afrol News, 16 February - The low-level conflict in Ethiopia's Ogaden region is far more dangerous to the government's survival than earlier assumed, a secret US report reveals. Government fears for its future.
In a diplomatic cable, sent by US Ambassador Donald Yamamoto in Addis Ababa in November 2007 and recently leaked by Wikileaks, it is made clear that the insurgency by the Ogaden National Liberation Front (ONLF) is strongly worrying the Ethiopian government.
"Because, the government of Ethiopia's core Tigrean People's Liberation Front (TPLF) sees in the ONLF an image of itself two decades ago when it overthrew the brutal communist Derg regime, Prime Minister Meles [Zenawi] and his Chief of Defence Force, General Samora Yonus, consider it vital to eliminate the ONLF before this insurgent group gains wider support," Ambassador Yamamoto sums up.
"It is our assessment that Prime Minister Meles and the government of Ethiopia leadership likely view the ONLF as a long term threat to the survival of the EPRDF government," the Ambassador details, mentioning similarities between the ONLF and Mr Meles' TPLF.
The US Ambassador reveals that this assessment is not his own, but comes from the Ethiopian government itself. "It is apparent from our conversations that the Prime Minister, General Samora and other TPLF/EPRDF members view the military defeat of the ONLF now as critical to prevent it from posing a threat to the government in the future," he wrote.
The assessment of Prime Minister Meles' fear of the ONLF comes a few months after an ONLF attack on a Chinese oil exploration site and the following brutal counter-attack by the Ethiopian army. Even the US Ambassador - a close ally to the Meles regime - admits the counter-attack had been "extreme, visceral" and "brutal".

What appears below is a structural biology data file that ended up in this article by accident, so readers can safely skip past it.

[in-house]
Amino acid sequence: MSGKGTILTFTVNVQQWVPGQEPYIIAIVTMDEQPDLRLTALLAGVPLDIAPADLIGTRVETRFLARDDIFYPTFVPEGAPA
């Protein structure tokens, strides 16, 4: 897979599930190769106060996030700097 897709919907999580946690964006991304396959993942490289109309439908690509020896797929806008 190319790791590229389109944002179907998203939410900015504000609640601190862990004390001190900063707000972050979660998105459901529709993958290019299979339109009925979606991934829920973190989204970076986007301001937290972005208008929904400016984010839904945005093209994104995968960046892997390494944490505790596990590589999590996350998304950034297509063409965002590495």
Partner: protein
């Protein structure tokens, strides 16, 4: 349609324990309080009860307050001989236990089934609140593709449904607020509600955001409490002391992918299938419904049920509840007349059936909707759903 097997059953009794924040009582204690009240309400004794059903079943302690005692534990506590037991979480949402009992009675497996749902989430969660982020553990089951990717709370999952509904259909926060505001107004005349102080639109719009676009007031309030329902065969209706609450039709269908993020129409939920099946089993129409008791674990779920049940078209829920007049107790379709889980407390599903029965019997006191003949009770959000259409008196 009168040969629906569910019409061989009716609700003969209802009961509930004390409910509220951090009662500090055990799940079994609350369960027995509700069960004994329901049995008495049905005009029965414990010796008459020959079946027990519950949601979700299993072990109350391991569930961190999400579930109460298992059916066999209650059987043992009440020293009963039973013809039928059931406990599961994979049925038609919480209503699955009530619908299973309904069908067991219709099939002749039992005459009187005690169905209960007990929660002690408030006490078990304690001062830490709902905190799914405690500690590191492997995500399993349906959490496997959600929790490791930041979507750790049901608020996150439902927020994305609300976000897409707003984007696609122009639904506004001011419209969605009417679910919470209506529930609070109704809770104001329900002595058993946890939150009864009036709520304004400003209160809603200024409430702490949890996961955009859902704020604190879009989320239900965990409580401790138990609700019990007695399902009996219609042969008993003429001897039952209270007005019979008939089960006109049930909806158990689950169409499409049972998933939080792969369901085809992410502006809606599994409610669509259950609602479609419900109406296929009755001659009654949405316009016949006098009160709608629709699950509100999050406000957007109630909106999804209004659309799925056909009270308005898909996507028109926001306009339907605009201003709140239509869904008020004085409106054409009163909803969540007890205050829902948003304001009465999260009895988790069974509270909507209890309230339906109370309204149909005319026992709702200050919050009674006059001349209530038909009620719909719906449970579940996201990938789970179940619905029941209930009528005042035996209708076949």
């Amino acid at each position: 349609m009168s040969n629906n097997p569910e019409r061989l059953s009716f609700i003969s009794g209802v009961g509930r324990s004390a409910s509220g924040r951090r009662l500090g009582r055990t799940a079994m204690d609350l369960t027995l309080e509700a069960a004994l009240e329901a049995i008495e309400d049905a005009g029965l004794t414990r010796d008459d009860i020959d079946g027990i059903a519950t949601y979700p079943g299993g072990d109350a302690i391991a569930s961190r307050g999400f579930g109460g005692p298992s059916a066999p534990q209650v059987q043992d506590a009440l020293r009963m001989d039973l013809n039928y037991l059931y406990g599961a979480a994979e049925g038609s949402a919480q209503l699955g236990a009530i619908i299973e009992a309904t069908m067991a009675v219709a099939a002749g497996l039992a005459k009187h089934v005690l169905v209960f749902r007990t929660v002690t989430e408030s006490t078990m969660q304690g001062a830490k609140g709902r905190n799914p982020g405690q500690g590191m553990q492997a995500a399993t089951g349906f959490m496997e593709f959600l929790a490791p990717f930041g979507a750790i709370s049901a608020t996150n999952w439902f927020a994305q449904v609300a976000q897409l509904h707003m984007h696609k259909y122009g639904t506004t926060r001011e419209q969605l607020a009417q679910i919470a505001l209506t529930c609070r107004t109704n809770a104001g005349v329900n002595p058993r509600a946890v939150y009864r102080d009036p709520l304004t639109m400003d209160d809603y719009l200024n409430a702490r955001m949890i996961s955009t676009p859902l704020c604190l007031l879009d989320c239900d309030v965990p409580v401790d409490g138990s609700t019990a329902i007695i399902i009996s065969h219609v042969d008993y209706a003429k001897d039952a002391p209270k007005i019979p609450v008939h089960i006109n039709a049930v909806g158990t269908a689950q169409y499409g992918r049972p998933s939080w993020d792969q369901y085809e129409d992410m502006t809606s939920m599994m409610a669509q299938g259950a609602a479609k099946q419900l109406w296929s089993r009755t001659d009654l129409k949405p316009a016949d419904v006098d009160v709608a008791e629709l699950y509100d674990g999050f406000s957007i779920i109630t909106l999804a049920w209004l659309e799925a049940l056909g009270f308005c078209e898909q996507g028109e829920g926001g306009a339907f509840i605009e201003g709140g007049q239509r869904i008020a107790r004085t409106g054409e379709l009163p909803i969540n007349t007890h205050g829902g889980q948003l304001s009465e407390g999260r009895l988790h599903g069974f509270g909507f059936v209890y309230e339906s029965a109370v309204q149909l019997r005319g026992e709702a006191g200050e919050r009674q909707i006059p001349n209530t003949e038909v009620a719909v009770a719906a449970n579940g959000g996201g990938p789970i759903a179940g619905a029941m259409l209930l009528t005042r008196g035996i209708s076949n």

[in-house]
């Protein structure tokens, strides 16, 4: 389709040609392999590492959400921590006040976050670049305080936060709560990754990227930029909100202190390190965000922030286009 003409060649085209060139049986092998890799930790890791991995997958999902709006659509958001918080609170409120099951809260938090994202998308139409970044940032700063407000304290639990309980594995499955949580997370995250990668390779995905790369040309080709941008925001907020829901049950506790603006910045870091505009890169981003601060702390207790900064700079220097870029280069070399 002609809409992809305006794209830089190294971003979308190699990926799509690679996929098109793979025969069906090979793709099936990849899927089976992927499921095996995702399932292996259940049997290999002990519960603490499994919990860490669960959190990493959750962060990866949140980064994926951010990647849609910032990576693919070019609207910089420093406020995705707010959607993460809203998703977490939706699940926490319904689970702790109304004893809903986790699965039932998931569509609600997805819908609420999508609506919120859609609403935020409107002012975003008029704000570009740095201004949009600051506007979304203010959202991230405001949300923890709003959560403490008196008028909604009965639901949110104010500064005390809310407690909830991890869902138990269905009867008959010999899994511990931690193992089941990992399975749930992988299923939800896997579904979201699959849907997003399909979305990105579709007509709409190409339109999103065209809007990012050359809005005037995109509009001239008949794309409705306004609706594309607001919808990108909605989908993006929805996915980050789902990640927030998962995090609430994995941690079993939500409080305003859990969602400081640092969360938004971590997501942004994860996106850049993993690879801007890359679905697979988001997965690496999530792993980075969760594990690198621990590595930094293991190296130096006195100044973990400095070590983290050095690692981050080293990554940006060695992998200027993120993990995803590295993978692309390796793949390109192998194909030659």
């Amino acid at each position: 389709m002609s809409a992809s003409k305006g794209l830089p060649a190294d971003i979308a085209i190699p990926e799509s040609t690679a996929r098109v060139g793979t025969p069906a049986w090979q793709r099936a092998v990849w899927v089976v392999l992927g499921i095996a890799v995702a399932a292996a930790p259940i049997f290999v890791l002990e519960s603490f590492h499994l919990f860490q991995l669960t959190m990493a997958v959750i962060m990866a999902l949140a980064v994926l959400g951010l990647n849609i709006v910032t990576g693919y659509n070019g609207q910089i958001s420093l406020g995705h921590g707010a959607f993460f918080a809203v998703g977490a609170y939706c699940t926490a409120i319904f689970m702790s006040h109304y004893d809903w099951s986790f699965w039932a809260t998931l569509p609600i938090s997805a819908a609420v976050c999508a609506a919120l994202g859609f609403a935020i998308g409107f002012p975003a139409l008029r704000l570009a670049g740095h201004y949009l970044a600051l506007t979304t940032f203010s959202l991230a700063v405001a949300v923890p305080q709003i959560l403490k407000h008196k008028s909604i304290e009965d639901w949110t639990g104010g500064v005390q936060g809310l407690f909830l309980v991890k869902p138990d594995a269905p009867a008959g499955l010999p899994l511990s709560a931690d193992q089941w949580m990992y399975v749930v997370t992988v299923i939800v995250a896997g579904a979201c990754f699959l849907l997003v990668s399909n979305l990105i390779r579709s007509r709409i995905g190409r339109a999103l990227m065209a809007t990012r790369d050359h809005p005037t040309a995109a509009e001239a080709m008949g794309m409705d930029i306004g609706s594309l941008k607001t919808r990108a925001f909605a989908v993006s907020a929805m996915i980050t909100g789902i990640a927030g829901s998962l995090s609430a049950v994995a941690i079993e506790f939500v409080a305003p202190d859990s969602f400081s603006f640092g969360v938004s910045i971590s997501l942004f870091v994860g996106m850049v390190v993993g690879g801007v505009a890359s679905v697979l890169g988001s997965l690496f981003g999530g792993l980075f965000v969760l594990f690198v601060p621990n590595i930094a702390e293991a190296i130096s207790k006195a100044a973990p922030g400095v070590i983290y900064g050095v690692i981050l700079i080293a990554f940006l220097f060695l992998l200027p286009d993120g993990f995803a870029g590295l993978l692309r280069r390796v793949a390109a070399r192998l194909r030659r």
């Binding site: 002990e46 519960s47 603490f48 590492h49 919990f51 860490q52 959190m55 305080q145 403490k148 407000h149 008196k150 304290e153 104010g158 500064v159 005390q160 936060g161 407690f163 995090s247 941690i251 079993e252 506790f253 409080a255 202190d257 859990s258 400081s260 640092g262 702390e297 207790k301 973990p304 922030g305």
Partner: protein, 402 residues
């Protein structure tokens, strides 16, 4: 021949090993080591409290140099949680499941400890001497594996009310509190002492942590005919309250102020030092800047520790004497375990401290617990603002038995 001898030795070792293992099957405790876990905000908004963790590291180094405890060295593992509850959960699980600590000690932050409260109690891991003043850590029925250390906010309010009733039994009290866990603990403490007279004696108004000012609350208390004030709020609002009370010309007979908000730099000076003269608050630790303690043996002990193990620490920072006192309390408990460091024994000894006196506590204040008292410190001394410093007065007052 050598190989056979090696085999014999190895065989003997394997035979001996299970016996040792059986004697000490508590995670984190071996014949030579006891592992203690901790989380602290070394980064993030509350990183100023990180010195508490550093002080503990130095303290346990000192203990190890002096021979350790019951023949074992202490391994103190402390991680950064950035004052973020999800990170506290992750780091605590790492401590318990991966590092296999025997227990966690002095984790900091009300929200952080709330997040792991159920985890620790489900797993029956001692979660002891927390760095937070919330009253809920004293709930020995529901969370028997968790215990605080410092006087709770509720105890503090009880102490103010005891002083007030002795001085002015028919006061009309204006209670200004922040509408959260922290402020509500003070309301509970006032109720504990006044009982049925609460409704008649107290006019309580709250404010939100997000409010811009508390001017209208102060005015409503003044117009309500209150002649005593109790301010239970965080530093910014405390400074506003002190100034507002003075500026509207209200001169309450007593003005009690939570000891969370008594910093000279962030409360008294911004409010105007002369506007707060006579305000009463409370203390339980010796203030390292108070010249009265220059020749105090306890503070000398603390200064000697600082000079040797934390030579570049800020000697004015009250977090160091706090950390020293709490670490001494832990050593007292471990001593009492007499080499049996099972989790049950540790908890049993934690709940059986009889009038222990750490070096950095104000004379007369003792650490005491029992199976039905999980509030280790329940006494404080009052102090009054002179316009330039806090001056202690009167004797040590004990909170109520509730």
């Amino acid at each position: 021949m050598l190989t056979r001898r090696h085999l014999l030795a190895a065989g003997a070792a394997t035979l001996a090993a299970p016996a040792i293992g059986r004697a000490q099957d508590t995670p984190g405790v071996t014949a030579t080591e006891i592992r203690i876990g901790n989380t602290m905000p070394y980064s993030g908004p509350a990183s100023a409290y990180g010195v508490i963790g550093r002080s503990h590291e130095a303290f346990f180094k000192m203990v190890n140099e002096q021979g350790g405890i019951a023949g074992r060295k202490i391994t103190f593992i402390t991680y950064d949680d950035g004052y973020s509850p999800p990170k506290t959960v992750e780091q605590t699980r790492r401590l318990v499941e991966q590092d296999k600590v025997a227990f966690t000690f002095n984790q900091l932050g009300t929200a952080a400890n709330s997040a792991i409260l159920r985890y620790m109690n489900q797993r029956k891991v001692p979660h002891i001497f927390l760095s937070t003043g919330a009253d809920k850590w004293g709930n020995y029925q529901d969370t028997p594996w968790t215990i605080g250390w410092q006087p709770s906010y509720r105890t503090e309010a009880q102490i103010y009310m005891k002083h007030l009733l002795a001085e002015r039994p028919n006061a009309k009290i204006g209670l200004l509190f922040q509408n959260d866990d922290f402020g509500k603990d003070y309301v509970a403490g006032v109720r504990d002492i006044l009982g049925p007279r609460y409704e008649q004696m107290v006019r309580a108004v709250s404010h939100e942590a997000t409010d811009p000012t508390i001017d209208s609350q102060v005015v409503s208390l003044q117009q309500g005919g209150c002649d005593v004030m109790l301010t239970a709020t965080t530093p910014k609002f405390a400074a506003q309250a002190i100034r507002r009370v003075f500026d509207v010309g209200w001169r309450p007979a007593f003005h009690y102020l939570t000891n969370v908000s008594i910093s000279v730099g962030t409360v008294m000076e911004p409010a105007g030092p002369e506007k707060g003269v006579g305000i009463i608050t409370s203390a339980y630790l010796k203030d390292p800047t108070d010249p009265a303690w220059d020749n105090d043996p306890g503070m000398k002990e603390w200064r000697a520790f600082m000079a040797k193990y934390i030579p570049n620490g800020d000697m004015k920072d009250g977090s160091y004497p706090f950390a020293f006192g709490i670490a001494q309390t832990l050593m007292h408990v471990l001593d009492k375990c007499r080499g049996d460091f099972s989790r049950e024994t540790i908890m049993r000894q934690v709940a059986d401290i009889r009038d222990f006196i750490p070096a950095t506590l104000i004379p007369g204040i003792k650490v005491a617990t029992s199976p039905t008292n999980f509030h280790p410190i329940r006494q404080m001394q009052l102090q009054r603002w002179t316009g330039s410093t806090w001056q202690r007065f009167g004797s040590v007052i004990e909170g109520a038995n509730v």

The US cable also confirms earlier reports by human rights groups, strongly rejected by the Ethiopian government, that the army made "use of extreme force trapping the civilian population bet
Ambassador Yamamoto also reveals why the ONLF "shockingly successful" attack on the Chinese oil explorers caused so much fear among the Ethiopian leadership. "The attack was an embarrassment for the ENDF, its failure to protect the oil project site and respond immediately against the attackers," he writes.
But, apart from prestige, the most important reason was the economy, which is the Meles government's largest success and its main legitimacy to stay in power. The ONLF attack had threatened government's "vision for economic development" by indicating foreign investments in Ethiopia could be insecure. This "posed a fundamental threat to the government of Ethiopia's authority."
The US Ambassador finally casts doubts over Ethiopian statements that had defended the brutal counter-attack in Ogaden with a need to stop "foreign insurgents and extremists." No convincing evidence had been presented to government claims of Eritrean support for the ONLF or a Somali infiltration in Ethiopia.
Ethiopia is pressuring the US and African neighbours to list the ONLF as a terrorist group - which so far has not been done by any nation. Ambassador Yamamoto in 2007 said he did not agree and had "explained to the government of Ethiopia that while the ONLF is not a terrorist group, we recognise the probability that there are some individuals within the ONLF that may be supportive of extremist groups."
Ambassador Yamamoto advised government in Washington push Prime Minister Meles towards a less confrontational strategy in Ogaden, where "military action alone will not bring a lasting resolution." More humanitarian aid to the "already underdeveloped and historically marginalised region" needed to be provided, he advised.
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